U. IOWA (US)—Increasing the ratio of black carbon to sulphate in the atmosphere increases climate warming, finds a new study published in the journal Nature Geoscience.

Black carbons—arising from such sources as diesel engine exhaust and cooking fires—are widely considered a factor in global warming and are an important component of air pollution around the world, according to Greg Carmichael, a professor of chemical and biochemical engineering at the University of Iowa.

Sulfates occur in the atmosphere largely as a result of various industrial processes.

To conduct their study, Carmichael and colleagues made ground-level studies of air samples at Cheju Island, South Korea, and then sampled the air at altitudes between 100 and 15,000 feet above the ground using unmanned aircrafts.

They found that the amount of solar radiation absorbed increased as the black carbon to sulphate ratio rose.

Also, black carbon plumes derived from fossil fuels were 100 percent more efficient at warming than were plumes arising from biomass burning.

“These results had been indicated by theory but not verified by observations before this work,” Carmichael says. “There is currently great interest in developing strategies to reduce black carbon as it offers the opportunity to reduce air pollution and global warming at the same time.”

The study authors suggest that climate mitigation policies should aim to reduce the ratio of black carbon to sulphate in emissions, as well as the total amount of black carbon released.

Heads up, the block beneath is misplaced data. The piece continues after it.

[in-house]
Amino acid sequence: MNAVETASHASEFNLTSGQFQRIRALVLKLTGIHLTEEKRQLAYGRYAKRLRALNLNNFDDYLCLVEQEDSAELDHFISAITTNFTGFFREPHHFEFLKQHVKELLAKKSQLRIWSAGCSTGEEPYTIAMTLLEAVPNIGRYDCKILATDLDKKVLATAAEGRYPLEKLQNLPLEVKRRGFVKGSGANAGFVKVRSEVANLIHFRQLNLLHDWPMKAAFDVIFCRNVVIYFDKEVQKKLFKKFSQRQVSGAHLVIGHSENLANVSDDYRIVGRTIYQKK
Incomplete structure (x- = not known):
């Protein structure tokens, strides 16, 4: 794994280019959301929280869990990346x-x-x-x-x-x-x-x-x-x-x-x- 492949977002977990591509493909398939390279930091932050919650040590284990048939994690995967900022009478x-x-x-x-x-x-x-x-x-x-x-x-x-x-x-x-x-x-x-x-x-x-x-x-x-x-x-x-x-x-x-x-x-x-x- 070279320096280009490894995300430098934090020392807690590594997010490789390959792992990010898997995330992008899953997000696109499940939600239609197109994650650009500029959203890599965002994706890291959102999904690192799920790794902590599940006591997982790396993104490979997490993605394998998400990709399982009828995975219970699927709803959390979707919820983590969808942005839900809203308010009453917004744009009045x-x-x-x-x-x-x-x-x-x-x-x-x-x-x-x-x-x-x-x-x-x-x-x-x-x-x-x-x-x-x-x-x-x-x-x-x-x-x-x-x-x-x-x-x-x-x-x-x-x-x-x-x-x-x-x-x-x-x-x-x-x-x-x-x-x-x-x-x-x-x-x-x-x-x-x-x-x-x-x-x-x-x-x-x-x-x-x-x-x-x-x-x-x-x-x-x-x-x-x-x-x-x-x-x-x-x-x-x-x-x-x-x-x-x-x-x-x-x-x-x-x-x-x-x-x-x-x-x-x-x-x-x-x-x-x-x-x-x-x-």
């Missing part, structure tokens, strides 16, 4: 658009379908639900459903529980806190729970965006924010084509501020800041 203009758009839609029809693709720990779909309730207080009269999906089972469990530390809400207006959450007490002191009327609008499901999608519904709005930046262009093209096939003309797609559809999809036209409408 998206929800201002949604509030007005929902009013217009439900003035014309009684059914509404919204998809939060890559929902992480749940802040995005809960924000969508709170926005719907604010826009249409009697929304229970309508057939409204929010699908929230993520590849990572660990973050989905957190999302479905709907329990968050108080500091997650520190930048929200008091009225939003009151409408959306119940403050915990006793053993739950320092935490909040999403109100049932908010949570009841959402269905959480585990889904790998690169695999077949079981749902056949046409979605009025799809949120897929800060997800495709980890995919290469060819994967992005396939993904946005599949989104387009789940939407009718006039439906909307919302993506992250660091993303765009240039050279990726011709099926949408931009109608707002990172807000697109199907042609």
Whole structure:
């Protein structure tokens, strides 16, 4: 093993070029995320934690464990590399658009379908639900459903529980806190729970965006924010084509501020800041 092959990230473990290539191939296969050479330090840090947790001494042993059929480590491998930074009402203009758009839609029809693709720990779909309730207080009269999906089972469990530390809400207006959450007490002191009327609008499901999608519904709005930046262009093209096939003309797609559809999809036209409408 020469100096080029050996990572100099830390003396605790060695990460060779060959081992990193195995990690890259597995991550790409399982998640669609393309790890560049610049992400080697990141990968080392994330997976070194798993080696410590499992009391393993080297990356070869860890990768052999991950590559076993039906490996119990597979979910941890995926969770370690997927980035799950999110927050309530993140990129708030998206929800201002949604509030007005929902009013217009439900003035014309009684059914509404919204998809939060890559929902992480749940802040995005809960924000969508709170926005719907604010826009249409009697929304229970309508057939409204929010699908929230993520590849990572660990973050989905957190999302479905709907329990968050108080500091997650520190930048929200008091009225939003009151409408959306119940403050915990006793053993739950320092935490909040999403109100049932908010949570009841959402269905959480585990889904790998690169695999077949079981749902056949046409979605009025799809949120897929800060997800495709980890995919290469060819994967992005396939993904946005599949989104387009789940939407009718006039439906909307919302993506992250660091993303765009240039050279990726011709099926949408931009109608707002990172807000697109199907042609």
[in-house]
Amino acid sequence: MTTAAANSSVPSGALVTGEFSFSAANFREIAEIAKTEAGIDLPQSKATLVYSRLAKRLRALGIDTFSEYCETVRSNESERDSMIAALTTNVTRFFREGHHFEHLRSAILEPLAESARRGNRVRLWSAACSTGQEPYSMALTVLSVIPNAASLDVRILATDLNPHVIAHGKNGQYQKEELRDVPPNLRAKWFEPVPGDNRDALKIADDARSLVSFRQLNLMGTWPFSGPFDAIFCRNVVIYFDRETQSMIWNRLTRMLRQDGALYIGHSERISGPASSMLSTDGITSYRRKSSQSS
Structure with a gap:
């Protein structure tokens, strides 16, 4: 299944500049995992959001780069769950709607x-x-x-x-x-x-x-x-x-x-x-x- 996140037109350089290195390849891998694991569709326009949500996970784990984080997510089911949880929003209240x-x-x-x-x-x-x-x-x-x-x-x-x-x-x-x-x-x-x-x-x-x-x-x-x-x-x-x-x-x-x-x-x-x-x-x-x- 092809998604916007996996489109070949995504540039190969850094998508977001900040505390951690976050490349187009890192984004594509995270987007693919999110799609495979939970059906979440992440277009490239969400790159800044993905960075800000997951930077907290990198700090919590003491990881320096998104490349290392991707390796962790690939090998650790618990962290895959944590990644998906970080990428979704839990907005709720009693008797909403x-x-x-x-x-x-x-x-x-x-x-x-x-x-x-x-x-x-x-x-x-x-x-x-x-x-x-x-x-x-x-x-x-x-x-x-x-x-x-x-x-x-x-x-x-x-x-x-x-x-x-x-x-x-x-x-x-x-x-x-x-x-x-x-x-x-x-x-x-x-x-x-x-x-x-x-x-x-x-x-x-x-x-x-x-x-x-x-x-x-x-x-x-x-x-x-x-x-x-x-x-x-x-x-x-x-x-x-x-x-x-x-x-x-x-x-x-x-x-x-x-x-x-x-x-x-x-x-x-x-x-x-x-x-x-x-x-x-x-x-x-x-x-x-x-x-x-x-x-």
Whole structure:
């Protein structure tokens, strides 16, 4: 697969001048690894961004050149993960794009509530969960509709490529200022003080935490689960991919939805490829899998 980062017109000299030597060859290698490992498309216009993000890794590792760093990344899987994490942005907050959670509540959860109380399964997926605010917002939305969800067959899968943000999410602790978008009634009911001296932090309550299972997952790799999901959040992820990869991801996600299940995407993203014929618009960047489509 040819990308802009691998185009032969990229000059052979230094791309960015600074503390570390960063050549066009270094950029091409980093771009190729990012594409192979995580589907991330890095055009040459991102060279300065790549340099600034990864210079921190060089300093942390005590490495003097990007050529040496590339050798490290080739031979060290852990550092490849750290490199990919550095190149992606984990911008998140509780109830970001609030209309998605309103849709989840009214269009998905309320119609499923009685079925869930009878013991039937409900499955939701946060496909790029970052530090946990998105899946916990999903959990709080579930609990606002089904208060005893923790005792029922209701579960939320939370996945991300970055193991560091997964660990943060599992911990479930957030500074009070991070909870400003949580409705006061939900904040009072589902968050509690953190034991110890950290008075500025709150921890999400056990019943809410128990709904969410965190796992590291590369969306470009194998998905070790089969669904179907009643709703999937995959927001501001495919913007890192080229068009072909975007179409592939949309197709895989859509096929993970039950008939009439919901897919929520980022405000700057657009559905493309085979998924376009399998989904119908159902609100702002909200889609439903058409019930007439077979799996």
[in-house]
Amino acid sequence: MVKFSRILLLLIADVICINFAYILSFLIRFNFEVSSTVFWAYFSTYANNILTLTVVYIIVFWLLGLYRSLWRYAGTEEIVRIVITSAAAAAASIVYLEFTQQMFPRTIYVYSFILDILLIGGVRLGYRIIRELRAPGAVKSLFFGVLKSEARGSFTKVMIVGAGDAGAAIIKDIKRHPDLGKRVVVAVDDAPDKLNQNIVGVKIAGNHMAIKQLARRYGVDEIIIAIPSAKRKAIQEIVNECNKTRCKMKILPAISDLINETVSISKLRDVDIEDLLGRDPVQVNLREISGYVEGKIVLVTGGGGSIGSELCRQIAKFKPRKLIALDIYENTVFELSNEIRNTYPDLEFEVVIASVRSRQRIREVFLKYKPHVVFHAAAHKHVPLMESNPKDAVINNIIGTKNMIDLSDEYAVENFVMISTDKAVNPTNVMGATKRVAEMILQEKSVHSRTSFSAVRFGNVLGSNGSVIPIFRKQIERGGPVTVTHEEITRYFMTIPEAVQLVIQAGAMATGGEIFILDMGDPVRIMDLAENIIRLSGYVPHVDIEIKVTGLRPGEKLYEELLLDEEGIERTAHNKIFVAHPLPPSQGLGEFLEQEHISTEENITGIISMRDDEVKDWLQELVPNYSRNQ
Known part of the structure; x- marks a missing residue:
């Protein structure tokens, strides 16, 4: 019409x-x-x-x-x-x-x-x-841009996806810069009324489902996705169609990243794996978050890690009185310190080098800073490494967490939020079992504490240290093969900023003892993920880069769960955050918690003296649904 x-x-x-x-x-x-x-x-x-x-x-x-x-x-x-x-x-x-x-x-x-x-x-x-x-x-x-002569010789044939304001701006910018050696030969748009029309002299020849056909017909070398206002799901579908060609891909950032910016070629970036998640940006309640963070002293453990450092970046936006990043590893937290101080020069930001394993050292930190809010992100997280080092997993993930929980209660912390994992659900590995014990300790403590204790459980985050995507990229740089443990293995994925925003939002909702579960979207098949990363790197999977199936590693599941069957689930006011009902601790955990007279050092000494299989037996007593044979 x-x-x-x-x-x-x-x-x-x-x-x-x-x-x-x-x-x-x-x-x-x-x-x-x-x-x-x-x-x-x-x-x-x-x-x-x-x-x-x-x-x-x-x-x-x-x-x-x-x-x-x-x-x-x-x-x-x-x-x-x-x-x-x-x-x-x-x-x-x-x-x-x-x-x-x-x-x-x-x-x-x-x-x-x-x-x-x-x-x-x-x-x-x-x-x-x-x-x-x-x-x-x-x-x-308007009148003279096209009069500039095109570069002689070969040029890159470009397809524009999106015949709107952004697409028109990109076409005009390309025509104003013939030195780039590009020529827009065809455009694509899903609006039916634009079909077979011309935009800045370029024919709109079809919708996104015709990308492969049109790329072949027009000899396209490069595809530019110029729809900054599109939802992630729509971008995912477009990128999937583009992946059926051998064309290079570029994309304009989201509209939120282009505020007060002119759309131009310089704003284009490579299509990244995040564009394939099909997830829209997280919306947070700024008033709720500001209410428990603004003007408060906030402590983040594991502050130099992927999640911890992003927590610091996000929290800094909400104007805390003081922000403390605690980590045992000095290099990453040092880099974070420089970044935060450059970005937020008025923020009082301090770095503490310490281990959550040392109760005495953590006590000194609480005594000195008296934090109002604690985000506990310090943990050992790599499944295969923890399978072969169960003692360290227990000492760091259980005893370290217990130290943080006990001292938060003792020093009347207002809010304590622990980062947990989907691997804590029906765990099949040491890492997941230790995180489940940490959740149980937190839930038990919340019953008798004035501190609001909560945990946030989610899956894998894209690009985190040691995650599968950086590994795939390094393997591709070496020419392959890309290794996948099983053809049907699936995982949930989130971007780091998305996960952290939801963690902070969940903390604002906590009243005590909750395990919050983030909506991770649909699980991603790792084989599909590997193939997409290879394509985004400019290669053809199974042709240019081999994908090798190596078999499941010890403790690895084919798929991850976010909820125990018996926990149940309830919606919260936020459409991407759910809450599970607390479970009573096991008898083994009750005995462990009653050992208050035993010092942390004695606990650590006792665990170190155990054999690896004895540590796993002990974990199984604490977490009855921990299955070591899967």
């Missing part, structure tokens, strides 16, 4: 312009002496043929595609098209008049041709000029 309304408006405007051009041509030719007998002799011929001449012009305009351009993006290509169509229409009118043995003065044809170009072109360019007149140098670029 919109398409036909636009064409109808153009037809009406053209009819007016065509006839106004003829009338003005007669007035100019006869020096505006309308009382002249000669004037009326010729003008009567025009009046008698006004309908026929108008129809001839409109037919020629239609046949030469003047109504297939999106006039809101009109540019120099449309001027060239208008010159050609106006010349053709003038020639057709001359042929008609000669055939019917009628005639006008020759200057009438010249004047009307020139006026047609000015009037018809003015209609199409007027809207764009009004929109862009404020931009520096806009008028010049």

In a paper published in May 2008 in Nature Geoscience, Carmichael and collaborators found that black carbon soot from diesel engine exhaust and cooking fires—widely used in Asia—may play a larger role than previously thought in global warming.

They note that coal and cow dung-fueled cooking fires in China and India produce about one-third of black carbon; the rest is largely due to diesel exhaust in Europe and other regions relying on diesel transport.

The paper also notes that soot and other forms of black carbon could equal up to 60 percent of the current global warming effect of carbon dioxide, the leading greenhouse gas.

Researchers from the Scripps Institution of Oceanography, La Jolla, Calif.; Seoul National University, South Korea; and the University of Wisconsin, Madison, contributed to the latest study, which was funded by the National Science Foundation.

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